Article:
Purpose Among service members injured in Iraq and Afghanistan, to determine the risk of mortality associated with combat-related burns to the genitalia, perineum, and buttocks. Materials and methods The prospectively maintained burn registry from the United States Army Institute of Surgical Research was retrospectively reviewed to identify all service members with combat-related burns sustained in Iraq and Afghanistan from March 2003 to October 2013. The two primary risk factors of interest were (1) any burn to the genitals, perineum, and/or buttocks (PB) and (2) burns involving the entire perineal, genital, and buttock region (complete PB). Cox proportional hazard models were used to estimate the risk of mortality for both primary risk factors, and adjusted for severe non-burn-related trauma, percent of burn over total body surface area (TBSA), inhalational injury, time to urinary tract infection, and time to bacteremia. A post-hoc analysis was performed to explore the potential effect modification of TBSA burned on the relationship between PB and mortality. Results Among the 902 U.S. service members with combat-related burns sustained during the study period, 226 (25.0%) had involvement of the genitalia, perineum, and/or buttocks. Complete PB was associated with a crude risk of mortality (HR: 5.3; 2.9–9.7), but not an adjusted risk (HR = 1.8; 0.8–4.0). However, TBSA burned was identified as a potential negative effect modifier. Among patients with burns <60% TBSA, sustaining a complete PB conferred an adjusted risk of death (HR = 2.7; 1.1–6.8). Further, patients with a perineal burn had a five-fold increased incidence of bacteremia. In adjusted models, each event of bacteremia increased the risk of mortality by 92% (HR 1.92; 1.39–2.65). Perineal burns were associated with a two-fold increased incidence of severe non-burn related trauma that also doubled mortality risk in adjusted models (HR 2.29; 1.23–4.27). Conclusions Among those with relatively survivable combat-related burns (<60% TBSA), genital/perineal/buttock involvement increases the risk of death. Bacteremia may account for part of this increased risk, but does not fully explain the independent risk associated with perineal burns.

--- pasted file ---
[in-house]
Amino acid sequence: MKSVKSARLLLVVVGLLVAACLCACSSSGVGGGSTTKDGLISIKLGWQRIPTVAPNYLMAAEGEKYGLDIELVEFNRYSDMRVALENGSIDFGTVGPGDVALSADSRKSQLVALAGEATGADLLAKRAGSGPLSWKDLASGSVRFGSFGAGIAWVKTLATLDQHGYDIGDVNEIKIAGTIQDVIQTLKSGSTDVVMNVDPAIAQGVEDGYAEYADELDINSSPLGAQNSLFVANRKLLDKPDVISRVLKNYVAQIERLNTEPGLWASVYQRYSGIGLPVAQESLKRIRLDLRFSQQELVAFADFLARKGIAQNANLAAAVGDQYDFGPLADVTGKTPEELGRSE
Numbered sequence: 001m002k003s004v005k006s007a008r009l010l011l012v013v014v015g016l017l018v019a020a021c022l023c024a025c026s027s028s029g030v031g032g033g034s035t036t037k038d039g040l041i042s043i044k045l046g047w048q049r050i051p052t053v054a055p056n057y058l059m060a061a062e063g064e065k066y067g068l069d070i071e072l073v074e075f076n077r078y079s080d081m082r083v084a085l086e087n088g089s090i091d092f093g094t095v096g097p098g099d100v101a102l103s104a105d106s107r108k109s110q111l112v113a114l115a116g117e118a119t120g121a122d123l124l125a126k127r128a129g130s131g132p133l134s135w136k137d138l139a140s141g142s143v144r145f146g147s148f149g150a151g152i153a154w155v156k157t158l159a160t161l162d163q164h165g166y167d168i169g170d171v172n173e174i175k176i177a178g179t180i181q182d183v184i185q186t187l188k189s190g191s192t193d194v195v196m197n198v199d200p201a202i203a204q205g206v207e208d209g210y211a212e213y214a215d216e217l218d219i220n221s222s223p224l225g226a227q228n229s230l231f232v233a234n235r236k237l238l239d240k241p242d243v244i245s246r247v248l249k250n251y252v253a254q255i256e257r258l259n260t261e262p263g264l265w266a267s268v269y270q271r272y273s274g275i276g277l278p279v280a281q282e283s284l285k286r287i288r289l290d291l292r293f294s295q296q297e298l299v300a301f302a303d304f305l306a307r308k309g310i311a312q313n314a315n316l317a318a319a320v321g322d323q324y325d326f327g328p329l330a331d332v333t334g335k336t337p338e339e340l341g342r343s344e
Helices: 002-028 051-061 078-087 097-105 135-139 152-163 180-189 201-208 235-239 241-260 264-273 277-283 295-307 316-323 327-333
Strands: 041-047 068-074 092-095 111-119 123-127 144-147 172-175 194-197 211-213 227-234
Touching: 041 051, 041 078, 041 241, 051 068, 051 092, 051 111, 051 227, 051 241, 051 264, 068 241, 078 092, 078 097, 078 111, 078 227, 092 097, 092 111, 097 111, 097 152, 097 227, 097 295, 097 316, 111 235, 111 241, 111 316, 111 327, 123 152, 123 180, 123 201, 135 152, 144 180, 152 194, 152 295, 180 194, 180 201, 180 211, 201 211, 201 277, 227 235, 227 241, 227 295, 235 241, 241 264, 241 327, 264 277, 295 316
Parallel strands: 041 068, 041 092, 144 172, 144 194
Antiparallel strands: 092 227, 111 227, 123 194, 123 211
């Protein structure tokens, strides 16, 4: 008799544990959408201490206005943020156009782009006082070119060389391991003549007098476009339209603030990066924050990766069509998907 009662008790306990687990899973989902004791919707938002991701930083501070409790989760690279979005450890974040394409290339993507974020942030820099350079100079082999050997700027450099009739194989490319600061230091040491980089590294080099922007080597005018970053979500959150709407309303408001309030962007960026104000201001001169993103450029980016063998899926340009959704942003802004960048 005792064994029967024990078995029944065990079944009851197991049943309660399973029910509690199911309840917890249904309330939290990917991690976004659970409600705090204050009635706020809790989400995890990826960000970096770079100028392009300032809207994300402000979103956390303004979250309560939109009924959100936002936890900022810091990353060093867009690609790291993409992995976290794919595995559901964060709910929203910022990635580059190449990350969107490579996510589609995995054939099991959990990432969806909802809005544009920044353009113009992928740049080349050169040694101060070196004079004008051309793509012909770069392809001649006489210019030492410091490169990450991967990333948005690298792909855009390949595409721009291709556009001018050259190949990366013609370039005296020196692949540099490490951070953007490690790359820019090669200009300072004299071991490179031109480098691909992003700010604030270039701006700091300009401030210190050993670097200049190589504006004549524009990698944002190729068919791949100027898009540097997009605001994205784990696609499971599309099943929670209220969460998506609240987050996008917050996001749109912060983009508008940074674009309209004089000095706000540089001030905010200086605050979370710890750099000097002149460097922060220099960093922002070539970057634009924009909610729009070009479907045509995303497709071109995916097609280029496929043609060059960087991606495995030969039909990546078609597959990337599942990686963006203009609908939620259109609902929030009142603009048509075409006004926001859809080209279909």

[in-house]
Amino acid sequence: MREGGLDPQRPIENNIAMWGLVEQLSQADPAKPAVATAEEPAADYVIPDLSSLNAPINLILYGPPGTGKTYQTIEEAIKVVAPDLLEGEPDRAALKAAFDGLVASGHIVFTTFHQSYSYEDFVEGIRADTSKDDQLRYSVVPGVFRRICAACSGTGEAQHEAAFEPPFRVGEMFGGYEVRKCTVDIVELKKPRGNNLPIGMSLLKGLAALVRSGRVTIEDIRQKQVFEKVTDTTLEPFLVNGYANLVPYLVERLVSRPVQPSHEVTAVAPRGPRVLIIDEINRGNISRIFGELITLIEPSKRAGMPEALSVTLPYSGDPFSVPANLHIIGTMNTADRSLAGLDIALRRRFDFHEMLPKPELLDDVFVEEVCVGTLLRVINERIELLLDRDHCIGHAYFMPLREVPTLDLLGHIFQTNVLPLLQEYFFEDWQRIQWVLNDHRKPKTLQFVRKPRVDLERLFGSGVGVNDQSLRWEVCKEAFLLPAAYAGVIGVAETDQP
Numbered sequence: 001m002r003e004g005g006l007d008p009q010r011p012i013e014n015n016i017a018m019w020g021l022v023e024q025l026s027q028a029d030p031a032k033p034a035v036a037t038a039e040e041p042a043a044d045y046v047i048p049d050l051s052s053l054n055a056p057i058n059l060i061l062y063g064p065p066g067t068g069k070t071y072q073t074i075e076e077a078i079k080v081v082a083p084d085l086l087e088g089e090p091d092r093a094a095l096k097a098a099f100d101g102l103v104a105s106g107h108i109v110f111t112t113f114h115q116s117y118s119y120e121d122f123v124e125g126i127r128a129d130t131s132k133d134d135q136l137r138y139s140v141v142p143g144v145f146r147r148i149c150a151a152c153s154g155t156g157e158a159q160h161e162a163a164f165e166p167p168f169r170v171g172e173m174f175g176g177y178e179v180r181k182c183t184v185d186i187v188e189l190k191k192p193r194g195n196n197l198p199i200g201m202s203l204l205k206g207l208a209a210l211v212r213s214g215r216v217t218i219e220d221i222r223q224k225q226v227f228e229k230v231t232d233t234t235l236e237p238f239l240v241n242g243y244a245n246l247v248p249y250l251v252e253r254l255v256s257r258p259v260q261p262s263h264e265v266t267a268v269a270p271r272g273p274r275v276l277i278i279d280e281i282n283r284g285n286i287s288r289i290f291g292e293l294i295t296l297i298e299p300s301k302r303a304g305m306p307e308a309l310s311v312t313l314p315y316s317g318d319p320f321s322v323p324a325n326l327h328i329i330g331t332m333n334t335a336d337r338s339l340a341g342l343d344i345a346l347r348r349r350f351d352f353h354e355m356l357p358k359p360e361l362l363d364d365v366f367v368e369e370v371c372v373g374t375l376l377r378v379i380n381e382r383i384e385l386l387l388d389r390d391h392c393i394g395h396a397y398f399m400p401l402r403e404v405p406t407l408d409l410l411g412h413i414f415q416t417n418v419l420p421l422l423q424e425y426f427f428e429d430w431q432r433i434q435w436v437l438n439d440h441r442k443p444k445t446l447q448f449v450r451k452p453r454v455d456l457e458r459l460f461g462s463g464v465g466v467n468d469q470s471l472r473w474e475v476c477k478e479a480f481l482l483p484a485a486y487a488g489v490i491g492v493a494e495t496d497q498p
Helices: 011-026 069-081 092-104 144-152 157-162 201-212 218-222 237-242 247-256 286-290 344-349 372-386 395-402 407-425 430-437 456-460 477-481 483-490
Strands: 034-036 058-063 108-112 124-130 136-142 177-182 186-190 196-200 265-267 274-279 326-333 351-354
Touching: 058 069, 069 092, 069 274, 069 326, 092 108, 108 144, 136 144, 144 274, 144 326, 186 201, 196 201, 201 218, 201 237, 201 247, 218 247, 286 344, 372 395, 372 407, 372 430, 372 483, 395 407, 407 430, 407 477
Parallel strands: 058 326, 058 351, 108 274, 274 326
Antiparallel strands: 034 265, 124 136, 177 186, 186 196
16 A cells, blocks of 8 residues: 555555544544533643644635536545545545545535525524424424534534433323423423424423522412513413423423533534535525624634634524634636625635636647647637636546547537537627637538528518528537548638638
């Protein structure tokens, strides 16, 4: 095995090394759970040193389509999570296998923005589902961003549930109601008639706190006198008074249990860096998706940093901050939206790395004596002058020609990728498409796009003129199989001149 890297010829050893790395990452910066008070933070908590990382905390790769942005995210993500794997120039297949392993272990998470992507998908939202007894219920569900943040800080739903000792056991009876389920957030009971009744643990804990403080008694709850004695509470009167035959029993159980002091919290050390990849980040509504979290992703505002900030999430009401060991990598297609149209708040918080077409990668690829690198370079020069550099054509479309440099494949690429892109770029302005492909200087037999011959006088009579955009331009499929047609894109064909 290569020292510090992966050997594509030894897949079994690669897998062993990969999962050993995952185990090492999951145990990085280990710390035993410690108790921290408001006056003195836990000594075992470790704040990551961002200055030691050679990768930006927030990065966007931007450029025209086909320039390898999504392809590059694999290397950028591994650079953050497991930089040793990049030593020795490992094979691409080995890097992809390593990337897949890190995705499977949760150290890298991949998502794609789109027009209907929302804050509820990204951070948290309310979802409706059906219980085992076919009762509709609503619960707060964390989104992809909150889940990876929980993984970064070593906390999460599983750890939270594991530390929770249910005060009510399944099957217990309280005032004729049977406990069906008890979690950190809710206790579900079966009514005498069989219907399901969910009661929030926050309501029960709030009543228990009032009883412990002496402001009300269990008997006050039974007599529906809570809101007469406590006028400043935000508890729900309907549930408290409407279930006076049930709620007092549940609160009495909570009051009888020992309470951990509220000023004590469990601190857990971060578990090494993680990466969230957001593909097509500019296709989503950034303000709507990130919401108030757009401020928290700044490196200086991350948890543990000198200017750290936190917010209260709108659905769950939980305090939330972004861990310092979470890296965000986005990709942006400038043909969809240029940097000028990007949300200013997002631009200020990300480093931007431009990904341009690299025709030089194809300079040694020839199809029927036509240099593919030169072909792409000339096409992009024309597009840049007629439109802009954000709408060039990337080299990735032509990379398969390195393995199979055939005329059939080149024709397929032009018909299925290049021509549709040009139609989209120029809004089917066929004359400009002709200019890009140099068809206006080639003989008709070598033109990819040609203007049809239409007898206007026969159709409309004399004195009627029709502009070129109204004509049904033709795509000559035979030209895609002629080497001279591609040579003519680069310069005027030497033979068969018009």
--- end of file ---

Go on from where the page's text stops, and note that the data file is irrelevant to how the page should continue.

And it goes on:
ASJC Scopus subject areas
- Emergency Medicine
- Critical Care and Intensive Care Medicine